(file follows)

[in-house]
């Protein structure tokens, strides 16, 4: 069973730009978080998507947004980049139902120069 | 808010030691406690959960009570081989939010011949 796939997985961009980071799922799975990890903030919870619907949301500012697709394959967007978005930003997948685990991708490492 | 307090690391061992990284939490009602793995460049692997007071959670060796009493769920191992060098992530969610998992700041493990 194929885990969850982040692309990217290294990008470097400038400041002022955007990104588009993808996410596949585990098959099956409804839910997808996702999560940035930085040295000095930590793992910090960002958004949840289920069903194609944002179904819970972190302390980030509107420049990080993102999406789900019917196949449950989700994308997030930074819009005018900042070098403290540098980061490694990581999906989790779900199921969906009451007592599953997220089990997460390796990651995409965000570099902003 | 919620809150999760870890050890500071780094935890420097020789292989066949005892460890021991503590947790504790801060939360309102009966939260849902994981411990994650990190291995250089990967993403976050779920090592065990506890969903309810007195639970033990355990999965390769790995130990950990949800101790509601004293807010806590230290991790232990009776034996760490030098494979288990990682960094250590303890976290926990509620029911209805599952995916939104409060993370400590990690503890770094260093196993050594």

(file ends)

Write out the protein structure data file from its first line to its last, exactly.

[in-house]
């Protein structure tokens, strides 16, 4: 069973730009978080998507947004980049139902120069 | 808010030691406690959960009570081989939010011949 796939997985961009980071799922799975990890903030919870619907949301500012697709394959967007978005930003997948685990991708490492 | 307090690391061992990284939490009602793995460049692997007071959670060796009493769920191992060098992530969610998992700041493990 194929885990969850982040692309990217290294990008470097400038400041002022955007990104588009993808996410596949585990098959099956409804839910997808996702999560940035930085040295000095930590793992910090960002958004949840289920069903194609944002179904819970972190302390980030509107420049990080993102999406789900019917196949449950989700994308997030930074819009005018900042070098403290540098980061490694990581999906989790779900199921969906009451007592599953997220089990997460390796990651995409965000570099902003 | 919620809150999760870890050890500071780094935890420097020789292989066949005892460890021991503590947790504790801060939360309102009966939260849902994981411990994650990190291995250089990967993403976050779920090592065990506890969903309810007195639970033990355990999965390769790995130990950990949800101790509601004293807010806590230290991790232990009776034996760490030098494979288990990682960094250590303890976290926990509620029911209805599952995916939104409060993370400590990690503890770094260093196993050594």